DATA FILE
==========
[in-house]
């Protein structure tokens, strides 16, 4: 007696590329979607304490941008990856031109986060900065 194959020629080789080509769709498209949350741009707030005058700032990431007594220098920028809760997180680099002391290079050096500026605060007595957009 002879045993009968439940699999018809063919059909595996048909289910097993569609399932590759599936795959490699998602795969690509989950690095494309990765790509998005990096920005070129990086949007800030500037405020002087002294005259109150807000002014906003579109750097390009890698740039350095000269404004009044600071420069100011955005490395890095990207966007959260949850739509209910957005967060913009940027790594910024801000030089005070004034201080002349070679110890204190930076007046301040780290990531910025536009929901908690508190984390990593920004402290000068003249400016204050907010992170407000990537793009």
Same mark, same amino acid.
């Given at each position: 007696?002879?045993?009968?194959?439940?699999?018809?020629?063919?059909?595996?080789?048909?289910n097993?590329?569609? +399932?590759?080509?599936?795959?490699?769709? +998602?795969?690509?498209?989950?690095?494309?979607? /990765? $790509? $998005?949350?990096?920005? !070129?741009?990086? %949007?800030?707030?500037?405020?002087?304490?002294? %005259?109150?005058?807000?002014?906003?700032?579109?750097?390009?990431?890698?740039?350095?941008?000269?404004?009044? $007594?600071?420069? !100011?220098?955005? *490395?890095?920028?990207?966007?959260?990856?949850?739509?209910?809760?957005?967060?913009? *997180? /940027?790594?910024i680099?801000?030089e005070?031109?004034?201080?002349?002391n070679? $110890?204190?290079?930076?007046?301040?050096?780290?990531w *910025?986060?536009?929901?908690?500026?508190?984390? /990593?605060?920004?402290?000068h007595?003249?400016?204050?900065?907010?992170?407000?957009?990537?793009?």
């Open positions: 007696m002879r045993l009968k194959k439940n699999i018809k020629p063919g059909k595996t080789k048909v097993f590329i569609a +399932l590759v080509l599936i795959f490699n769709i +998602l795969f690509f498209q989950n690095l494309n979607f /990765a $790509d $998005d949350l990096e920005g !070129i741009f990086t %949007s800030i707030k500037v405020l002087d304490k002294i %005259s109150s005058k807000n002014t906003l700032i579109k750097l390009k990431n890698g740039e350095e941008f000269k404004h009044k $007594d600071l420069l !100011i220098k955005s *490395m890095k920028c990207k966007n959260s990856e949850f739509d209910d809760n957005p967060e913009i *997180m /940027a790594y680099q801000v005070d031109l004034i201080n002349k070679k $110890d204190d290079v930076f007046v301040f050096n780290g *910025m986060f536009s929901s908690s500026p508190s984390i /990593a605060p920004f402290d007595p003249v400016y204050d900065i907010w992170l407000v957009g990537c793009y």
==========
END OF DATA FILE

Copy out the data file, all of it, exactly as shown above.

[in-house]
């Protein structure tokens, strides 16, 4: 007696590329979607304490941008990856031109986060900065 194959020629080789080509769709498209949350741009707030005058700032990431007594220098920028809760997180680099002391290079050096500026605060007595957009 002879045993009968439940699999018809063919059909595996048909289910097993569609399932590759599936795959490699998602795969690509989950690095494309990765790509998005990096920005070129990086949007800030500037405020002087002294005259109150807000002014906003579109750097390009890698740039350095000269404004009044600071420069100011955005490395890095990207966007959260949850739509209910957005967060913009940027790594910024801000030089005070004034201080002349070679110890204190930076007046301040780290990531910025536009929901908690508190984390990593920004402290000068003249400016204050907010992170407000990537793009």
Same mark, same amino acid.
């Given at each position: 007696?002879?045993?009968?194959?439940?699999?018809?020629?063919?059909?595996?080789?048909?289910n097993?590329?569609? +399932?590759?080509?599936?795959?490699?769709? +998602?795969?690509?498209?989950?690095?494309?979607? /990765? $790509? $998005?949350?990096?920005? !070129?741009?990086? %949007?800030?707030?500037?405020?002087?304490?002294? %005259?109150?005058?807000?002014?906003?700032?579109?750097?390009?990431?890698?740039?350095?941008?000269?404004?009044? $007594?600071?420069? !100011?220098?955005? *490395?890095?920028?990207?966007?959260?990856?949850?739509?209910?809760?957005?967060?913009? *997180? /940027?790594?910024i680099?801000?030089e005070?031109?004034?201080?002349?002391n070679? $110890?204190?290079?930076?007046?301040?050096?780290?990531w *910025?986060?536009?929901?908690?500026?508190?984390? /990593?605060?920004?402290?000068h007595?003249?400016?204050?900065?907010?992170?407000?957009?990537?793009?």
């Open positions: 007696m002879r045993l009968k194959k439940n699999i018809k020629p063919g059909k595996t080789k048909v097993f590329i569609a +399932l590759v080509l599936i795959f490699n769709i +998602l795969f690509f498209q989950n690095l494309n979607f /990765a $790509d $998005d949350l990096e920005g !070129i741009f990086t %949007s800030i707030k500037v405020l002087d304490k002294i %005259s109150s005058k807000n002014t906003l700032i579109k750097l390009k990431n890698g740039e350095e941008f000269k404004h009044k $007594d600071l420069l !100011i220098k955005s *490395m890095k920028c990207k966007n959260s990856e949850f739509d209910d809760n957005p967060e913009i *997180m /940027a790594y680099q801000v005070d031109l004034i201080n002349k070679k $110890d204190d290079v930076f007046v301040f050096n780290g *910025m986060f536009s929901s908690s500026p508190s984390i /990593a605060p920004f402290d007595p003249v400016y204050d900065i907010w992170l407000v957009g990537c793009y």